so many colors Do you remember when that was a go to “getting to know you” question in grade school? Well, children may know more than we give them credit for. Color preferences can still tell us a lot about ourselves and each other. Colors can influence our moods, create harmony or discord, peace or agitation, excitement or melancholy. Do you have a favorite color?
When I was growing up my favorite color changed almost daily. I still don’t have one favorite color. I do however have favorite color combinations. Certain colors put together give me a little thrill. I bought a sweater more than thirty years ago that I still have because it has the delicious (to me anyway) color combo of an ultramarine base with bright kelly green circles. That might not be your cup of tea, but whenever I see those colors together I have to smile.
Who didn’t experience a thrill of excitement upon opening that deluxe box of Crayola crayons for the first time and seeing all of those beautiful shades with their perfect points? The possibilities seemed endless. I get that same thrill now when I get a new box of soft pastels – the price tag for delight has definitely increased as anyone knows who has invested in a set of pastels. Still, it’s nice to know that my childhood pleasures continue.  
Do colors affect your moods? I read that people who spend a lot of time in a yellow room tend to be agitated and more argumentative. But I find a soft devonshire cream yellow to be soothing. A room done in caution sign yellow would probably make me into a raving lunatic. Red supposedly makes you feel hungry. That could explain my weight gain since I painted our kitchen red. Oh well, I like it so it stays. Orange seems to be a color that people either love or hate. On a recent shopping expedition it was a sea of orange in various intensities with a sprinkling of contrasting and complimentary colors. Orange on its own doesn’t do much for me, but mixed with all of those complimentary and contrasting shades it was rich and eye popping. Blue is very often chosen as a favorite color. It evokes feelings of tranquility, and we really can’t have too much of that.  However it’s cousin purple is less popular. At one time my red kitchen was purple and my children liked to refer to me as ‘the artist formerly known as mom’. For now I prefer the hunger inducing red.

So, here we are back to where we started.  Tell me – What is your favorite color? 

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Mad Scientist?

You’ve seen the old black and white movies featuring the mad scientist with a maniacal gleam in his eyes, hunched over a laboratory table, mixing smoking chemicals. That’s a little how I feel when I’m trying out new art materials. Just swap out the lab coat, beakers and smoking chemicals for new paints, pastels and supports, keep the maniacal gleam, and there I am. Lately I have been experimenting with different pastel papers. Experimenting can be a costly practice, so I tend to take it slow and buy new materials a little at a time. I will say though that the knowledge gained is a worthy pay off.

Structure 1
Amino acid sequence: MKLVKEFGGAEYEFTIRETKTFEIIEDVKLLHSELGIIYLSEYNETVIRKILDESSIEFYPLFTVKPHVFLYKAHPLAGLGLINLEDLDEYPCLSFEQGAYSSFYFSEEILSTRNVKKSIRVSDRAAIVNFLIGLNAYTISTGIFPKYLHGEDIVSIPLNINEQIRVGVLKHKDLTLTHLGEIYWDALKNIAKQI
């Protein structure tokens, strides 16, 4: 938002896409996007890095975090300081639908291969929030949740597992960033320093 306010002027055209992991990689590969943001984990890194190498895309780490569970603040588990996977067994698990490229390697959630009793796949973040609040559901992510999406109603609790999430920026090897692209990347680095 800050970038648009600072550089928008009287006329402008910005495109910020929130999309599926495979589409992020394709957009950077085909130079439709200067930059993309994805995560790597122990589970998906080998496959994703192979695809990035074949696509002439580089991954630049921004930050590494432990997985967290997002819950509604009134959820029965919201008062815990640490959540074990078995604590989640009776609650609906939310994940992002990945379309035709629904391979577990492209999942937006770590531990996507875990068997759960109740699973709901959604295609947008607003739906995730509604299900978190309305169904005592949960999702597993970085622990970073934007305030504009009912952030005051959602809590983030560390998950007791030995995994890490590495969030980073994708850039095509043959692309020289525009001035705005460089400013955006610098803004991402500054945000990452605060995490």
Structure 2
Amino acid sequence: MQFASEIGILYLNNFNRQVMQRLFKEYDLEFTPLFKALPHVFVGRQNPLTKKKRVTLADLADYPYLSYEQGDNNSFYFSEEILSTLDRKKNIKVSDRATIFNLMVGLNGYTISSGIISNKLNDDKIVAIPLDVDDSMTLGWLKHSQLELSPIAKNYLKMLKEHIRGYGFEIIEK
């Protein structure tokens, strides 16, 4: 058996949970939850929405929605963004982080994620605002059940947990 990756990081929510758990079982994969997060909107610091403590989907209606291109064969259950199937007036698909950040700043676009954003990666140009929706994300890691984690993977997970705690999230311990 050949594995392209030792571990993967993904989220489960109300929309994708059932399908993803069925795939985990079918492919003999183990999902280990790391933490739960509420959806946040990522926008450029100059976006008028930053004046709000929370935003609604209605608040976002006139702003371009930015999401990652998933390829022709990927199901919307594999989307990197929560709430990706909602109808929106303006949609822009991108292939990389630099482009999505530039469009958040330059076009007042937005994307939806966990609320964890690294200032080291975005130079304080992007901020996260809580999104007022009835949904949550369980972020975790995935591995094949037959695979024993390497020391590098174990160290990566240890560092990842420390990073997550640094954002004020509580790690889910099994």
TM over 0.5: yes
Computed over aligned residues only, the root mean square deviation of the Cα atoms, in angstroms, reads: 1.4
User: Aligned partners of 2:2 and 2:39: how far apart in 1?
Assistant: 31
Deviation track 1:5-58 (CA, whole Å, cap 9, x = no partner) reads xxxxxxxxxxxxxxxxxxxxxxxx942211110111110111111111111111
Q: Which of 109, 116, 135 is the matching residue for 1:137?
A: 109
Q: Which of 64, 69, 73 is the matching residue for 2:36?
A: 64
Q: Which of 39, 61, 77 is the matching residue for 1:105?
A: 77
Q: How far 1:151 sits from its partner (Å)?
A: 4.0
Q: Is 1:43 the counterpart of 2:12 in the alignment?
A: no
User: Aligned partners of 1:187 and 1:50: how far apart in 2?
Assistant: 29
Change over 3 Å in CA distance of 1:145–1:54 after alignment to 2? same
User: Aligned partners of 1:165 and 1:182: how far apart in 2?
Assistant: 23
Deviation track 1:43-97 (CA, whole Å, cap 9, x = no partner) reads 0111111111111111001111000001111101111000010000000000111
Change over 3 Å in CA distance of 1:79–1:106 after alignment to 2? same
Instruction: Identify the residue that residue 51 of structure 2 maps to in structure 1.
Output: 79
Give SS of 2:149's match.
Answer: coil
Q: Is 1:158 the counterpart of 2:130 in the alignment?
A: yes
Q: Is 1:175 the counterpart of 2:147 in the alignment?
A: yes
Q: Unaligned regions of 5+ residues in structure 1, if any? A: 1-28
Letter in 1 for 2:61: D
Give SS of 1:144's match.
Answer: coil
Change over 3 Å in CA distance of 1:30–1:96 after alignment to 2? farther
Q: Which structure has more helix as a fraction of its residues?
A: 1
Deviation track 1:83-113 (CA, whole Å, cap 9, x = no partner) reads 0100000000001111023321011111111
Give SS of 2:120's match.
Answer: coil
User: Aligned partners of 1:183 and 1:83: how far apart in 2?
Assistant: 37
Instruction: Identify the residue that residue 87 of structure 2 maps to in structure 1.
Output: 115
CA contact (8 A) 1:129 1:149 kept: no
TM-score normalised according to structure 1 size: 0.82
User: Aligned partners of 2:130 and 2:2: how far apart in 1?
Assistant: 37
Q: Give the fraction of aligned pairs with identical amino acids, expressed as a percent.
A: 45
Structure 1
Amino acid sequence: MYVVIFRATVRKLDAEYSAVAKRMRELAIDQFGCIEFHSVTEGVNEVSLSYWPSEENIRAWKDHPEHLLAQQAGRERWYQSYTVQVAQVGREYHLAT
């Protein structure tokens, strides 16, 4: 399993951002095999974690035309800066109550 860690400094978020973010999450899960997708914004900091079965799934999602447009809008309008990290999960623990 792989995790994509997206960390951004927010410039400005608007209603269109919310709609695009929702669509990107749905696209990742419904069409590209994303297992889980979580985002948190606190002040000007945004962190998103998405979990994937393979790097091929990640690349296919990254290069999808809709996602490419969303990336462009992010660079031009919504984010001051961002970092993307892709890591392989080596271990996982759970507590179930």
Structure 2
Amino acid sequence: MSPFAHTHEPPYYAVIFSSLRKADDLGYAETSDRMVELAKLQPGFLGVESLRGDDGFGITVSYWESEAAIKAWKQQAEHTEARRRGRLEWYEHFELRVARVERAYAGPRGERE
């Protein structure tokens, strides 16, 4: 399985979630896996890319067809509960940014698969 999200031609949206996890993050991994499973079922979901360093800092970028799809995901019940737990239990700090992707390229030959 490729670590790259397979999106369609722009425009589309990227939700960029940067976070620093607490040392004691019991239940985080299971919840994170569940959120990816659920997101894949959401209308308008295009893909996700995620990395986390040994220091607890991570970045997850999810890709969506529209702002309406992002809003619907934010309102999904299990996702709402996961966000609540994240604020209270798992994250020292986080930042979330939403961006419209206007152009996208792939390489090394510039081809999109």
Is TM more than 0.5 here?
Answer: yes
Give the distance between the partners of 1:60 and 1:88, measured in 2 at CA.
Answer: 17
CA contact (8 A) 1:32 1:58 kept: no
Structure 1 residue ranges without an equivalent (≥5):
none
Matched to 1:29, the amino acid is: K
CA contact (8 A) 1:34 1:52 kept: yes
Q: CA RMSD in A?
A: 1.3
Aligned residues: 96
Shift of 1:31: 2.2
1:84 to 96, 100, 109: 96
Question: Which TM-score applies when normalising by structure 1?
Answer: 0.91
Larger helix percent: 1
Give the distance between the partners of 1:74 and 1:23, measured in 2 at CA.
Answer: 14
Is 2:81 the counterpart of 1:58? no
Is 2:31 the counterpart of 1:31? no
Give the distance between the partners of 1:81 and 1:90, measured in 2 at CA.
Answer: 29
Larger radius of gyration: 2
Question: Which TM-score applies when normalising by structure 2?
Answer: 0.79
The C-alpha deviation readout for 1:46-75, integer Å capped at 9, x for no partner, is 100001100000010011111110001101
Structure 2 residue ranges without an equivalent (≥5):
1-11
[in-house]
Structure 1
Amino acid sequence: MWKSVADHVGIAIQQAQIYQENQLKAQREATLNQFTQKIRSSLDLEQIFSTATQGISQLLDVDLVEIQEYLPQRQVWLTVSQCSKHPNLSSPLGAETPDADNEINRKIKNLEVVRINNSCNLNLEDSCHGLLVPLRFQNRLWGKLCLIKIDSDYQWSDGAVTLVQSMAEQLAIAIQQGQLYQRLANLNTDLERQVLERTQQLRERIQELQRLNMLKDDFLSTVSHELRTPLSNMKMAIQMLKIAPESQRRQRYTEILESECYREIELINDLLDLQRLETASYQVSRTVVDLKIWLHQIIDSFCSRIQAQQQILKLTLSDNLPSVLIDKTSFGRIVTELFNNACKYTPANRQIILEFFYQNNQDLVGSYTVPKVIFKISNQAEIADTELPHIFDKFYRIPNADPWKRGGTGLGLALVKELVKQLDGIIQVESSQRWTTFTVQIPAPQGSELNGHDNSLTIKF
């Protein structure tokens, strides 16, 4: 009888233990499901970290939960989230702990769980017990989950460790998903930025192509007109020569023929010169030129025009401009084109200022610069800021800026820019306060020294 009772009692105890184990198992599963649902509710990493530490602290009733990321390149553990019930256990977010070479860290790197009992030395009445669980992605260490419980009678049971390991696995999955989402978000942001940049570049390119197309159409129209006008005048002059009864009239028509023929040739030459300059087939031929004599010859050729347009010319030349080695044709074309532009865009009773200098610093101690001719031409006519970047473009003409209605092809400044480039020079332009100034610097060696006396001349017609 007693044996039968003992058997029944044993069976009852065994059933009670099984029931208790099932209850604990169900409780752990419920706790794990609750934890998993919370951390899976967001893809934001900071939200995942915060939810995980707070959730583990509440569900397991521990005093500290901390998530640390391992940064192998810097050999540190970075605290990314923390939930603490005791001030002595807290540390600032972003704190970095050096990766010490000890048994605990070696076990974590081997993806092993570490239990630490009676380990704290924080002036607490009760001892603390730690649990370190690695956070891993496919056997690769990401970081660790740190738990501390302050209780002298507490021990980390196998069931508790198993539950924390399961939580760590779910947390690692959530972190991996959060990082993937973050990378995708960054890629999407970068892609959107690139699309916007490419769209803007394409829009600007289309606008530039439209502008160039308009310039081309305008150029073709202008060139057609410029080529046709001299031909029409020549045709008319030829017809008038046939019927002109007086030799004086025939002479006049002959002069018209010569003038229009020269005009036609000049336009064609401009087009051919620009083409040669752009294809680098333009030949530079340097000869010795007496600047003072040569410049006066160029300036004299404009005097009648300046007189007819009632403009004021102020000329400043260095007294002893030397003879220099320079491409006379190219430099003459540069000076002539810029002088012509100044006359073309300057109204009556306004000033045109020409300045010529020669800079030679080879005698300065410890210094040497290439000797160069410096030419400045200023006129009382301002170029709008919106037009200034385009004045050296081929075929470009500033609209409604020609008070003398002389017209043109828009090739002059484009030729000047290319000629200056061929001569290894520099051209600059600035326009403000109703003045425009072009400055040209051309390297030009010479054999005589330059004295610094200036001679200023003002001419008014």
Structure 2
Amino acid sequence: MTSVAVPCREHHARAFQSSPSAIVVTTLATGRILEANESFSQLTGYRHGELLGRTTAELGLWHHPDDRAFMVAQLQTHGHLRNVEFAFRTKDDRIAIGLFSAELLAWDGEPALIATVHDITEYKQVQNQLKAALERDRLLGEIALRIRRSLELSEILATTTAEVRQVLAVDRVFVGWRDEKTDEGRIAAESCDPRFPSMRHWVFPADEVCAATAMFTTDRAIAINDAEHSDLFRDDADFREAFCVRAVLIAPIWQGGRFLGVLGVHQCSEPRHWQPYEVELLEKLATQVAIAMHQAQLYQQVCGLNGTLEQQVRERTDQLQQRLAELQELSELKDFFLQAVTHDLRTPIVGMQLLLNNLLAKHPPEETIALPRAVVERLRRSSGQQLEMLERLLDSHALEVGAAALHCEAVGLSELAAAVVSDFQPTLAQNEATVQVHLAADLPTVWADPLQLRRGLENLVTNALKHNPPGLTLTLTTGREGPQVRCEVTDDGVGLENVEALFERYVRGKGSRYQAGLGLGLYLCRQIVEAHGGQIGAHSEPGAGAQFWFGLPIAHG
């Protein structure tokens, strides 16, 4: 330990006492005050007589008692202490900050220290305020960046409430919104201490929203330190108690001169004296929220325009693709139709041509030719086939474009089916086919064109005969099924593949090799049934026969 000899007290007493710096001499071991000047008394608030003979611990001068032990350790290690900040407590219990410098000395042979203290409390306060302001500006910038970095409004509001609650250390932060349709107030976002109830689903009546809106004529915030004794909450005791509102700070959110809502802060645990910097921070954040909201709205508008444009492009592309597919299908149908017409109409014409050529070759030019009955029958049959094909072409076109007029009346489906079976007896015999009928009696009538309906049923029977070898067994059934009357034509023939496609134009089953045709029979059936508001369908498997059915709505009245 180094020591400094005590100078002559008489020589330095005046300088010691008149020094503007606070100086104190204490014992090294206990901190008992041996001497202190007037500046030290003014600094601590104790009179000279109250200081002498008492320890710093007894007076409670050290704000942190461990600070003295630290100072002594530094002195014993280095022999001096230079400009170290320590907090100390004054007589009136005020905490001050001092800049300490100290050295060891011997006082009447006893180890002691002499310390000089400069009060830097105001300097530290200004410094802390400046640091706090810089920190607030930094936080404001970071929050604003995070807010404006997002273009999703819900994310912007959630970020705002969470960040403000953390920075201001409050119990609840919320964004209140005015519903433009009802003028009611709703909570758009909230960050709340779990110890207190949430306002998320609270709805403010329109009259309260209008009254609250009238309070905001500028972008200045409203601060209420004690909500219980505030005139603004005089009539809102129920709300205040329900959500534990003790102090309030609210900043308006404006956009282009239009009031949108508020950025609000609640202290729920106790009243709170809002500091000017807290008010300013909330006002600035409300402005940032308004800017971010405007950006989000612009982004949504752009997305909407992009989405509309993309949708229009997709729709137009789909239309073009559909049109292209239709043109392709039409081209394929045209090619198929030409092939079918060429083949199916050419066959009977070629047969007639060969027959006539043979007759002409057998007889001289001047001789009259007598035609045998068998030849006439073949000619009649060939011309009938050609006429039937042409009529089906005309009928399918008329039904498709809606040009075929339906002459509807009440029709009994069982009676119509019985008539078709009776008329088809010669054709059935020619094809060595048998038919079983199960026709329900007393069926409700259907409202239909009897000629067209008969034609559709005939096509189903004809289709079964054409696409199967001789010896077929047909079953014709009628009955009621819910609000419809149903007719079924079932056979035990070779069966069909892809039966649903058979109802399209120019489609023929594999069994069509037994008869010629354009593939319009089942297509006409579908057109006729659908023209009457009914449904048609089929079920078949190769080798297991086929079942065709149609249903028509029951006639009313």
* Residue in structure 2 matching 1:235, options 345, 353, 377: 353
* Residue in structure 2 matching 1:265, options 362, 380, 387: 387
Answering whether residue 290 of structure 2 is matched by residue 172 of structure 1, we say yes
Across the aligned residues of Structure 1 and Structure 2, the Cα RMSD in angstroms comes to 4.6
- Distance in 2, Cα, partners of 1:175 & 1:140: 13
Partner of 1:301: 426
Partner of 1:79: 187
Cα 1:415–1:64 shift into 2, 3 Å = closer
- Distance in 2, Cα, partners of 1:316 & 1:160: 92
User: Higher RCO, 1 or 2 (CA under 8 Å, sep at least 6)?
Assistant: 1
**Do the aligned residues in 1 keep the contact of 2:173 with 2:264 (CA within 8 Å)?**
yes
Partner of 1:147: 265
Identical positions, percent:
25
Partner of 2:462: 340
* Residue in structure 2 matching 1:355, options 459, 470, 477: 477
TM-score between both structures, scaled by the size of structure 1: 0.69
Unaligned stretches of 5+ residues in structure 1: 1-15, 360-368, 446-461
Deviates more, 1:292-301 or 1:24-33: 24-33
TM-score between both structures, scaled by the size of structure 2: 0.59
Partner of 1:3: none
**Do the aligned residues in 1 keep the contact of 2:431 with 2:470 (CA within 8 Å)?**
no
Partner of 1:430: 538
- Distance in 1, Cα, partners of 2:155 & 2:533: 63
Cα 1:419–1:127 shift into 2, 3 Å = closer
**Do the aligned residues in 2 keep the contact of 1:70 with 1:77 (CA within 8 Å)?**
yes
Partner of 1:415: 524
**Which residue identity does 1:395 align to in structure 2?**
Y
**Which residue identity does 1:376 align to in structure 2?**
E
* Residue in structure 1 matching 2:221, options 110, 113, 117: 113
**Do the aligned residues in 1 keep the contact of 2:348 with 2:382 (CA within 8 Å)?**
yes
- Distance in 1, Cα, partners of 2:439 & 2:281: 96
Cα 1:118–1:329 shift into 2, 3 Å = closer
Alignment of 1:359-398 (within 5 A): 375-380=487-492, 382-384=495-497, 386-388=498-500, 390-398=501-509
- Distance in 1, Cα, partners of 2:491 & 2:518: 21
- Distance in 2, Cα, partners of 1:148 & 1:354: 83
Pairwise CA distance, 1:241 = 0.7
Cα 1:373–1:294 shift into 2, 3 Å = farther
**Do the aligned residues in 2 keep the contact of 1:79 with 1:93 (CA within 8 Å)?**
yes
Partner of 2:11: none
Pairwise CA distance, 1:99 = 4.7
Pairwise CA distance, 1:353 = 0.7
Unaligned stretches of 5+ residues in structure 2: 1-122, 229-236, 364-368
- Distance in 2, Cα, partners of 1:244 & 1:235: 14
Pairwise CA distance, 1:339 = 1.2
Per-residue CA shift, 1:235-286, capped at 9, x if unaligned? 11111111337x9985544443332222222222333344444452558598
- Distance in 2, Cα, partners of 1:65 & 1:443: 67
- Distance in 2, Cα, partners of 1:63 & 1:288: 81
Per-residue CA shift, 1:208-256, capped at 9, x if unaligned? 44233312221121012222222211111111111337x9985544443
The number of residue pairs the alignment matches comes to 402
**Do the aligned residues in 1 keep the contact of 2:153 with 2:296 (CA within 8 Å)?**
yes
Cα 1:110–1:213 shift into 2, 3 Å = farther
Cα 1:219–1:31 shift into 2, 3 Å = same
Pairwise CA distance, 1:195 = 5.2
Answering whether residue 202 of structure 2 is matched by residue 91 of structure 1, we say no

The surface I have the most experience with is a gray velour paper. I bought a giant box of it years ago so I don’t even know who makes it. Since then I tried ordering velour paper on line and just wasn’t very happy with it. So, I recommend that you buy your first sheet in person if you can. That way you can feel the density of the velour and weight of the paper. I became very comfortable with a nice, heavy, toothy version of this paper. It’s forgiving and will take multiple layers, blending with ease. So if you like to blend with your fingers this won’t tear the hide off of your finger tips. It gives a soft almost dreamy quality to the finished product. I usually tap it good to shake off the excess and give it a light spray with a fixative when I’m done. The biggest negative of this paper is that it is prone to scarring.
When I noticed that my giant box of gray velour was dwindling, I decided I’d better start experimenting with something readily available and affordable. That’s when I bought a pad of assorted Canson Mi-Teintes. The assortment refers to an assortment of colors, which I like. It allows me to use complimentary background colors for my paintings. Each sheet has a smooth side and a toothy side. I’ve tried both, and for a small painting I think I prefer the smooth side. It grips the pastels adequately and blends nicely. I find that I have to plan more carefully because it can’t handle too many layers. It’s good for quick sketching. I enjoyed using it for figure studies, but I don’t like it well enough to use it for a painting I intend to sell.